The believer finds in Christ the presence of God to make him holy: It is written: "At that day you will know that I am in My Father, and you in Me, and I in you" (John 14:20). And "God willed to make known what are the riches of the glory of this mystery among the Gentiles: which is Christ in you, the hope of glory" (Col. 1:27). It is the presence of Christ that makes holy, and His continuing presence sanctifies.
Elder Robert J. Wieland remarked to me once: "Righteousness is holiness which has confronted the problem of sin in sinful human nature and has triumphed over sin. Thus righteousness is something far beyond mere holiness!"  So it is Christ in us that makes us righteous, and His righteousness is only received by His faith.
"The work of righteousness will be peace, and the effect of righteousness, quietness and assurance forever. My people will dwell in a peaceful habitation, in secure dwellings, and in quiet resting places" (Isa. 32:17, 18). Righteousness is freedom from disobedience to the law and this is the definition of "spiritual rest,—perfect freedom from all sin."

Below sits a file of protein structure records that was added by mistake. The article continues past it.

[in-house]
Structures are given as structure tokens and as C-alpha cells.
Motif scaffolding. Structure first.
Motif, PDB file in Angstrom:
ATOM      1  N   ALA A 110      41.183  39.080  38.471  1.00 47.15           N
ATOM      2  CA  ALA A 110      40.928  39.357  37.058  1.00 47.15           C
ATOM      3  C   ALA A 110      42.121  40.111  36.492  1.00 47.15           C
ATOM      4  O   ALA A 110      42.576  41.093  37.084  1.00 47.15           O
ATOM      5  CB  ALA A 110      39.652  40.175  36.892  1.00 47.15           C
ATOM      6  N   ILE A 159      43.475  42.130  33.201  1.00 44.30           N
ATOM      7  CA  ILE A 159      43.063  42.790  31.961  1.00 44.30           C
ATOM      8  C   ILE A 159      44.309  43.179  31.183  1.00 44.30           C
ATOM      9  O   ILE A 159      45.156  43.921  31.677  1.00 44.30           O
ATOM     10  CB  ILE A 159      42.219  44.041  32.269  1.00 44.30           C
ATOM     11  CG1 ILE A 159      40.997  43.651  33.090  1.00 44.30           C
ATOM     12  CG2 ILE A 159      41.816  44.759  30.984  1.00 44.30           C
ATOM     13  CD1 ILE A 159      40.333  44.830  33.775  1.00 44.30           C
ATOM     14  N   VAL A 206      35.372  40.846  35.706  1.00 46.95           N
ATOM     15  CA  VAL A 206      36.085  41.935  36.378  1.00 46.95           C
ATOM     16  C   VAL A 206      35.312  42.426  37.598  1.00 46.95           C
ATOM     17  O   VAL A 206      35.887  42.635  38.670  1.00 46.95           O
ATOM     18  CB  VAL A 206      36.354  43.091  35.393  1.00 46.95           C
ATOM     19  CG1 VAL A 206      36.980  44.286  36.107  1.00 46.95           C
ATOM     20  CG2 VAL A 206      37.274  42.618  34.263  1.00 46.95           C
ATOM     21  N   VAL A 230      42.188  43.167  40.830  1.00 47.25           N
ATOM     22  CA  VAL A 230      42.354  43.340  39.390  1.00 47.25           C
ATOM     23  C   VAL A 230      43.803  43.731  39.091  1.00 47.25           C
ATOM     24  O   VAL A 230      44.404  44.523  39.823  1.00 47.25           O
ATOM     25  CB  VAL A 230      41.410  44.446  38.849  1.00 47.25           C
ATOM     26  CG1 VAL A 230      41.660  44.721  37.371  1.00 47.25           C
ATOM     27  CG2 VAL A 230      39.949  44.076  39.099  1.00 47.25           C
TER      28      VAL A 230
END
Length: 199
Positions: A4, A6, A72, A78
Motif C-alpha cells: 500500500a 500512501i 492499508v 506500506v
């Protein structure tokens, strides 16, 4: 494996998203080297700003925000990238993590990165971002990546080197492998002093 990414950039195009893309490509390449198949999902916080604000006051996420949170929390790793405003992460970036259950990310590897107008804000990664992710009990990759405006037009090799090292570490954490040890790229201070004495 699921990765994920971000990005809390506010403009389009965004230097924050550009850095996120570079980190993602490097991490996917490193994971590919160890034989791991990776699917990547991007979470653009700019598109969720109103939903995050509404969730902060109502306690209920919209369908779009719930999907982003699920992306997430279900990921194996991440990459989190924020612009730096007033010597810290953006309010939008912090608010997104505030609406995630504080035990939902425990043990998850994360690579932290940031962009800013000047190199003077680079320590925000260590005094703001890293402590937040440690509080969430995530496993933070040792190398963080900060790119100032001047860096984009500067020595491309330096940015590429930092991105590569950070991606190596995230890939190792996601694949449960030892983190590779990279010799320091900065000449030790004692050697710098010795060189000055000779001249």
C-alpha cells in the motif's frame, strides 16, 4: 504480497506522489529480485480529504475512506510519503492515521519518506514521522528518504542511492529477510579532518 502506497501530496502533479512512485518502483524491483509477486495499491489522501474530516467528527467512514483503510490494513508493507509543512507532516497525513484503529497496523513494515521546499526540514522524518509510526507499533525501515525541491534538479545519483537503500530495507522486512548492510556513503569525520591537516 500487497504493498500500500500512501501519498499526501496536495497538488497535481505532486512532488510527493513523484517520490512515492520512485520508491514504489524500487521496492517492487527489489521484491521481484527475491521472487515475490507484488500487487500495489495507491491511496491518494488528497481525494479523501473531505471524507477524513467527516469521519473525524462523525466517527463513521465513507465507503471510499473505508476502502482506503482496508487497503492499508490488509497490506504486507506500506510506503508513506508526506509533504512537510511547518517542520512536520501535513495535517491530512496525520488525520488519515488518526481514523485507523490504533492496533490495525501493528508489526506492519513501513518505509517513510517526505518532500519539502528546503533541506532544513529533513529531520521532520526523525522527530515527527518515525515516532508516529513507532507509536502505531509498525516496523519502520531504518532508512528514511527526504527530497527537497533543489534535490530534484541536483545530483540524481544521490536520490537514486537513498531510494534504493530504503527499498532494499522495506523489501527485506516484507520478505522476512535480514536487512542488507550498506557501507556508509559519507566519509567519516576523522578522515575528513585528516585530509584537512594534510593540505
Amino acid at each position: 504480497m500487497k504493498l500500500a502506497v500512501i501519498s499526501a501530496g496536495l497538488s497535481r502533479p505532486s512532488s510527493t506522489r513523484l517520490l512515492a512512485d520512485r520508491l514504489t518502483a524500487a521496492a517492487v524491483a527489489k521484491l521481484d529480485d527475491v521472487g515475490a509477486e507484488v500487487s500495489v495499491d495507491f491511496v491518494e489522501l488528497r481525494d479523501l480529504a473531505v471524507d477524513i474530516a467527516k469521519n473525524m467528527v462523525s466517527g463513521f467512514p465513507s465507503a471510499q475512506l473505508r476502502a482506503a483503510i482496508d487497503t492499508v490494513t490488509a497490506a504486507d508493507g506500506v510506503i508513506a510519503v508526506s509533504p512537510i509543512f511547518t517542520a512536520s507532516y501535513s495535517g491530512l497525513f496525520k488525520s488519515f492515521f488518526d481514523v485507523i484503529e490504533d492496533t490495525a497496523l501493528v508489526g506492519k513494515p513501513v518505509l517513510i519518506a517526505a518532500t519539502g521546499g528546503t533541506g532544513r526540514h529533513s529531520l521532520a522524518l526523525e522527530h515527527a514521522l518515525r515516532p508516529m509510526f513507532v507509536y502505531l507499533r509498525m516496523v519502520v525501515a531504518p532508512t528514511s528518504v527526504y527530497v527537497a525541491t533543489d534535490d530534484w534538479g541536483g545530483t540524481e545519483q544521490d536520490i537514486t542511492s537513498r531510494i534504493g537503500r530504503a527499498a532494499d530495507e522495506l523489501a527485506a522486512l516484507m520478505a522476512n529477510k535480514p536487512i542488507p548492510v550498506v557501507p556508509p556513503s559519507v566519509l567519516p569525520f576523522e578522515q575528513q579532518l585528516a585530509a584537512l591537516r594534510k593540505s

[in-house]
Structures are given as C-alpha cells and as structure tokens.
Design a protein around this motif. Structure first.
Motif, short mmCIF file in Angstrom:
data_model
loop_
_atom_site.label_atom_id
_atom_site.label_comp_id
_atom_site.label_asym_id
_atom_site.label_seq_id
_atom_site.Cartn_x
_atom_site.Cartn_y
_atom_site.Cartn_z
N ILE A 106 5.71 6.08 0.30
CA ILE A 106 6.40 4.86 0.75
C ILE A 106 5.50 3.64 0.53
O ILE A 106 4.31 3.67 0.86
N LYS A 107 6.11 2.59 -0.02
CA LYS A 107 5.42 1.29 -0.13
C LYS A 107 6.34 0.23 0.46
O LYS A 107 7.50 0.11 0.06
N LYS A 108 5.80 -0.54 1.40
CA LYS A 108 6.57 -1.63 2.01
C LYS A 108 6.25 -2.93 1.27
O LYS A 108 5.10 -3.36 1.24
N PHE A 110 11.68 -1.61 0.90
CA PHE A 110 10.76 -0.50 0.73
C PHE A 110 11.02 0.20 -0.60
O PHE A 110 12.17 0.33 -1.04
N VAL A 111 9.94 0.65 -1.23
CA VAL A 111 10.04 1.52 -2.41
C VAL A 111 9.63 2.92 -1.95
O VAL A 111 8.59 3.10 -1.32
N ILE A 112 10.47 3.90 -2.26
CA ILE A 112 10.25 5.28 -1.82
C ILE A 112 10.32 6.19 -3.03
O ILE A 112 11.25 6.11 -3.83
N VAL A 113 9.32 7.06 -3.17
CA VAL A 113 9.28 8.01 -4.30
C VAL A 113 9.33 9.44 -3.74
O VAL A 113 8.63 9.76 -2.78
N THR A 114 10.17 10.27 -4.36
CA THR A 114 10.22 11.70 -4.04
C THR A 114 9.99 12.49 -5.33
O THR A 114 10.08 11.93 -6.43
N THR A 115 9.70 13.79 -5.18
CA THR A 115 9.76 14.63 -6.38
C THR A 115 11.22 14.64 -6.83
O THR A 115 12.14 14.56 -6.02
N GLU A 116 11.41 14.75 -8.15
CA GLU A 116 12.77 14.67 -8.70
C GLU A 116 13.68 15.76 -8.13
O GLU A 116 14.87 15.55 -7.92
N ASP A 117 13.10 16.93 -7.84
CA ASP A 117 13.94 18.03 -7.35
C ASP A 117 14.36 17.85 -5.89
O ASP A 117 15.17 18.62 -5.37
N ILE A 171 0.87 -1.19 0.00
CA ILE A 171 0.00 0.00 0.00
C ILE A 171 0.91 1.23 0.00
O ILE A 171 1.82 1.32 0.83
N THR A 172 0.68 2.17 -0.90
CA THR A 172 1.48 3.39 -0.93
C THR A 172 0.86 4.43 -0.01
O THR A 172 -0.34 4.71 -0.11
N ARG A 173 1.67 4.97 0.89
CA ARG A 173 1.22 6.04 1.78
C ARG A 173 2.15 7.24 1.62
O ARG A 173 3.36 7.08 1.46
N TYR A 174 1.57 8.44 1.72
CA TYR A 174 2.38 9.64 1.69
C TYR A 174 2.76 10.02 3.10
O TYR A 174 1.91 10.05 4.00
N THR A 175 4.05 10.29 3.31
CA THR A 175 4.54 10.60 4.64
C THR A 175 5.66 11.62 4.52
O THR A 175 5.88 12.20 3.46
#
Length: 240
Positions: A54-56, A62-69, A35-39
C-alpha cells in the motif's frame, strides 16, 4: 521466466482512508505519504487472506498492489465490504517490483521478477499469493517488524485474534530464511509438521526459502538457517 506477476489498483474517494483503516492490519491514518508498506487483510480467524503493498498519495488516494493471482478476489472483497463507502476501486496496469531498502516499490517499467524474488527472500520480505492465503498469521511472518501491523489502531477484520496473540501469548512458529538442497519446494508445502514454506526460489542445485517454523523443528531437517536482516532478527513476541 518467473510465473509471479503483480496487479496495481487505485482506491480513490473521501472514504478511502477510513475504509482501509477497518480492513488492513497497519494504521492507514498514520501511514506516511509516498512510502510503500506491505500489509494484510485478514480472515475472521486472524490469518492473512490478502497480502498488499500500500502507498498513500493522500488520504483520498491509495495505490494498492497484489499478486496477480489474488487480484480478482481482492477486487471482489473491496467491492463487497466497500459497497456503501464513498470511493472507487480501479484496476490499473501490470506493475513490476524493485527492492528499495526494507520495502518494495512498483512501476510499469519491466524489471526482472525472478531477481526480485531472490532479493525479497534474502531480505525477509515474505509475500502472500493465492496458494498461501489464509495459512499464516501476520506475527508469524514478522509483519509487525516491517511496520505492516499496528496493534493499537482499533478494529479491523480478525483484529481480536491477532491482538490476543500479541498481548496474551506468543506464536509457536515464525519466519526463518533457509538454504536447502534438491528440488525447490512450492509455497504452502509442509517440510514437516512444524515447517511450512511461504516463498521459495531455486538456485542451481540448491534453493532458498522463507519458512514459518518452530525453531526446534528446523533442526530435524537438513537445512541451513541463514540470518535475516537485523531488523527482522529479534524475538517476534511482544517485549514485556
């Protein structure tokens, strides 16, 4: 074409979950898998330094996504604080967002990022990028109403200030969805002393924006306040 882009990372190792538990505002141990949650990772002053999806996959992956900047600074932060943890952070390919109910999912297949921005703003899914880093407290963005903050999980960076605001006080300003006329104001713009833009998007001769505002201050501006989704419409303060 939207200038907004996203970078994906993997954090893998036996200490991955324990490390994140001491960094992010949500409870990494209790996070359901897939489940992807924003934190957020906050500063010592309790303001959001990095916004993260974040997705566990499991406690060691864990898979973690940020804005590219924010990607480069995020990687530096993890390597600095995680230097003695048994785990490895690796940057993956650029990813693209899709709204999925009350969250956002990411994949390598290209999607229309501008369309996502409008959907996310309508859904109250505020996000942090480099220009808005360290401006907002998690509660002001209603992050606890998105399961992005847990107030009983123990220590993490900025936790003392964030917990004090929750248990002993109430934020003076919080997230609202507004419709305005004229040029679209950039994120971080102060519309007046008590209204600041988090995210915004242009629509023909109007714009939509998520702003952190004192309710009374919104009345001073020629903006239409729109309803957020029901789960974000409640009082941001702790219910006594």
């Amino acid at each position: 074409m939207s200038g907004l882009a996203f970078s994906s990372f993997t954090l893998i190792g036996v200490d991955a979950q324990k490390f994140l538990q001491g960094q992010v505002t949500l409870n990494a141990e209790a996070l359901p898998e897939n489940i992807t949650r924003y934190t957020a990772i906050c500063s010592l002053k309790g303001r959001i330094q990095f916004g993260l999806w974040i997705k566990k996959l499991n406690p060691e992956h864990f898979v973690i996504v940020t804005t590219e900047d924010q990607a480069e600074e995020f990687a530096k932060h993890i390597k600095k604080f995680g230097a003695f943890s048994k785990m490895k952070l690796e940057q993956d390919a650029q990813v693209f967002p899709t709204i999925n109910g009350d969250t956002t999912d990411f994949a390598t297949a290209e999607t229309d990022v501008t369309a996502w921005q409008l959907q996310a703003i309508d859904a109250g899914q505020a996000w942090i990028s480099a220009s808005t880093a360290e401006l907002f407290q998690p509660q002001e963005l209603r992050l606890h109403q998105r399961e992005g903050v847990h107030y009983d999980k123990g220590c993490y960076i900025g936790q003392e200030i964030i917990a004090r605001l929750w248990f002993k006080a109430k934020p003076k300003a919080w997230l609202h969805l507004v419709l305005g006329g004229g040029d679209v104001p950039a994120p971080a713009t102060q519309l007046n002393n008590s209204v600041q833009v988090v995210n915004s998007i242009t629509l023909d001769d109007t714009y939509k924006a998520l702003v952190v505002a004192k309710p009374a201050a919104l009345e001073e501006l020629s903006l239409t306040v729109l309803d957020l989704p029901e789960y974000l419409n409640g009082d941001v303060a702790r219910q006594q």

Ellen G. White wrote that the Sabbath points to Christ "as both the Creator and the Sanctifier." Moreover, "I gave them My Sabbaths, to be a sign between Me and them, that they might know that I am the Lord that sanctify them ... (Ezek. 20:12). Then the Sabbath is a sign of Christ's power to make us holy." 
The Sabbath has in it Christ's sanctification: He not only blessed the seventh day, but sanctified it that His presence might dwell in it. Christ's presence makes holy, but His continuing presence sanctifies.
All the above is what is found in Christ; for the Sabbath rest is the culmination of the everlasting covenant—of the gospel which is "Christ in you, the hope of glory." The good news of the gospel is that all that is found in Christ is now your own experience because of Christ in you.